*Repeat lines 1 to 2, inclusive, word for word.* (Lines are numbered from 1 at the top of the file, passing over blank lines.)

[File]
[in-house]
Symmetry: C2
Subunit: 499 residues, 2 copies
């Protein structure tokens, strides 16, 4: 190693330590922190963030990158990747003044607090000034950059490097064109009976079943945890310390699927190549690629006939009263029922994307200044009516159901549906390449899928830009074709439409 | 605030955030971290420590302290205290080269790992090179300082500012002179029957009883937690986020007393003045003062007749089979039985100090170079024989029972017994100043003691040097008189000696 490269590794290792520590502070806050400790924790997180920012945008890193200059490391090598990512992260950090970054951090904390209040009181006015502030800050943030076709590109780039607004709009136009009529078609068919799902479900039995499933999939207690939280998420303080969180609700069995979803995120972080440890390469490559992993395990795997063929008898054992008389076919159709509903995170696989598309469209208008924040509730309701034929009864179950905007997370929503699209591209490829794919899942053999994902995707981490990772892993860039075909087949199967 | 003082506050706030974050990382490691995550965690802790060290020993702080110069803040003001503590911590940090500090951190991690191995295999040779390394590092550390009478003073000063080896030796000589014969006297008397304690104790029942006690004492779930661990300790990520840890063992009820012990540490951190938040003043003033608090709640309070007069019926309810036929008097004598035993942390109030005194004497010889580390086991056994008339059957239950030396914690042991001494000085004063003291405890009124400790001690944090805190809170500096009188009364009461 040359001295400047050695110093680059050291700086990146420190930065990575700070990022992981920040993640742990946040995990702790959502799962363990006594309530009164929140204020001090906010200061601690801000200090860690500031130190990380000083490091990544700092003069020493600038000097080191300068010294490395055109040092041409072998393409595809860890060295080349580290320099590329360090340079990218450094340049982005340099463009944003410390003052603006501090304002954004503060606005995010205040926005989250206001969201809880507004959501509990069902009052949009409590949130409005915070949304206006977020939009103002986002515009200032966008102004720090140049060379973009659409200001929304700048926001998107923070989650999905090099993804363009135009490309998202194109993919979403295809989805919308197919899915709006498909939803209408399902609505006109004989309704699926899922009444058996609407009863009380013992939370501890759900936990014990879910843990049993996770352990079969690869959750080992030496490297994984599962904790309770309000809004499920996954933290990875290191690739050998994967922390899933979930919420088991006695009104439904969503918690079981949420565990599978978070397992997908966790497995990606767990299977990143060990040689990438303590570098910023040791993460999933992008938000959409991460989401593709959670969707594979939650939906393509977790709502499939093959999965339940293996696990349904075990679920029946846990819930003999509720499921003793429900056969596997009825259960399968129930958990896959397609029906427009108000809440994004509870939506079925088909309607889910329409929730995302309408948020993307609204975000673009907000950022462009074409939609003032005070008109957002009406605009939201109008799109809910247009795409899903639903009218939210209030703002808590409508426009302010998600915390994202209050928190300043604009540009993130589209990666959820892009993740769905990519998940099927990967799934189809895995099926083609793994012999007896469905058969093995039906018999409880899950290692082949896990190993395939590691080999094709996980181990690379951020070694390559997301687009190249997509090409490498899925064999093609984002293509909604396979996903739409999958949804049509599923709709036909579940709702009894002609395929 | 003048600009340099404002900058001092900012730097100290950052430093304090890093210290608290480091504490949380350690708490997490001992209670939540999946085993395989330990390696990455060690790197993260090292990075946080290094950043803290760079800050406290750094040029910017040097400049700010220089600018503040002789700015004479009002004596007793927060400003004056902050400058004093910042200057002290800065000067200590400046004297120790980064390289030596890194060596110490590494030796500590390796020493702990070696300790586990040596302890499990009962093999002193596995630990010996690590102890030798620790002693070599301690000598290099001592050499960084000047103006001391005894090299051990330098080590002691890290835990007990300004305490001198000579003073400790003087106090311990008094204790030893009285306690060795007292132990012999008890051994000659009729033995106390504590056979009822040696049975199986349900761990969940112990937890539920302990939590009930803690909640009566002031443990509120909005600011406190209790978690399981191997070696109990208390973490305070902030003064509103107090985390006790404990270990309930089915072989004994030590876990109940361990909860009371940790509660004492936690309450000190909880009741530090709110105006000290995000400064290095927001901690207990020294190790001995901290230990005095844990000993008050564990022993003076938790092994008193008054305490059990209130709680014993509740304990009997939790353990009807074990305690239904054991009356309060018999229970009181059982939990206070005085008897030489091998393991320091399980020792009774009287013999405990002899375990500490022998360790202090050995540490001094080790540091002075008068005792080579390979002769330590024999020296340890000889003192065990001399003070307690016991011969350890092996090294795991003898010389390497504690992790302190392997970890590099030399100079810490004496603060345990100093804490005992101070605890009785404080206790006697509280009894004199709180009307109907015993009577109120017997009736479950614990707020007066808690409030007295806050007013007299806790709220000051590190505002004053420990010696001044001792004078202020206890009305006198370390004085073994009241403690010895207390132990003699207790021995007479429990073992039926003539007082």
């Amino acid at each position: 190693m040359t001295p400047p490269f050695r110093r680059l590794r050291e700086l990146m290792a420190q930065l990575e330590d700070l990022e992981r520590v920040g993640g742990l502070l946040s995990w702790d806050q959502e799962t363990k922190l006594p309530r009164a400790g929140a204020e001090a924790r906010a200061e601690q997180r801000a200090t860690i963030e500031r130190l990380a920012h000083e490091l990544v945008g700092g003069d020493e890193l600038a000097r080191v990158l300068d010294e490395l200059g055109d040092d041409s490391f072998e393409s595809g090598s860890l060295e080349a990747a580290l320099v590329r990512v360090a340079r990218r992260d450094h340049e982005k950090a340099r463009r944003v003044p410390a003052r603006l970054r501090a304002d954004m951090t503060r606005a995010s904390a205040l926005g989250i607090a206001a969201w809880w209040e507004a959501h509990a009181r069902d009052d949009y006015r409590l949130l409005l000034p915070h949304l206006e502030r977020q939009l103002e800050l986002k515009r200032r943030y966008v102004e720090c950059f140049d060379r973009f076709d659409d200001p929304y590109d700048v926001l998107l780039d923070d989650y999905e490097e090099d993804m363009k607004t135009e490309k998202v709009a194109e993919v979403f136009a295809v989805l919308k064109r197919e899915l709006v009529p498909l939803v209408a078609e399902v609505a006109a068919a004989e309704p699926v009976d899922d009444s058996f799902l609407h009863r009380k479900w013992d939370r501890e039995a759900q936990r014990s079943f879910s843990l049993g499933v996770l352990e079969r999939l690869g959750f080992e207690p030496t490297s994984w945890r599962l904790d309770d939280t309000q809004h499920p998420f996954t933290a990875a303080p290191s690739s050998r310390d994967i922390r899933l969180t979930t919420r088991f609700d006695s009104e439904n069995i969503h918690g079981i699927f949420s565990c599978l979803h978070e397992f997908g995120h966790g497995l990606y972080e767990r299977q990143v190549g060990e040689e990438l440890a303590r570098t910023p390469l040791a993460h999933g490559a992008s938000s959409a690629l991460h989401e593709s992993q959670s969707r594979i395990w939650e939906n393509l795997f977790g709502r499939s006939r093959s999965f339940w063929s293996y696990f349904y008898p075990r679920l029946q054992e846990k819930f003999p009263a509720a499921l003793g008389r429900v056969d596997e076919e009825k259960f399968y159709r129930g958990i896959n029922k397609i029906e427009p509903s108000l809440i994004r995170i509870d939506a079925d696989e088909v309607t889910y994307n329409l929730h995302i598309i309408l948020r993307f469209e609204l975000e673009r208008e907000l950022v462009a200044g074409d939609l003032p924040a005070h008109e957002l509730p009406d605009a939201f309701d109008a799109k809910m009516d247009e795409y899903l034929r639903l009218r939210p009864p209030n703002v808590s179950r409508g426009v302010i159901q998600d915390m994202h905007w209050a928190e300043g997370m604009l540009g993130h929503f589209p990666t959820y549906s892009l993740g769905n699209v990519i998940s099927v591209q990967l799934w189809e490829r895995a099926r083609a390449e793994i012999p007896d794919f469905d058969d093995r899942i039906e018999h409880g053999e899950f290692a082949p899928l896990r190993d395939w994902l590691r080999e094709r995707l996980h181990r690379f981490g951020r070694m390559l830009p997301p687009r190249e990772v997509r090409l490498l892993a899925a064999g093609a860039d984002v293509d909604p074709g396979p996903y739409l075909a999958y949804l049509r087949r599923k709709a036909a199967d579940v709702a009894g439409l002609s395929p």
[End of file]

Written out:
[in-house]
Symmetry: C2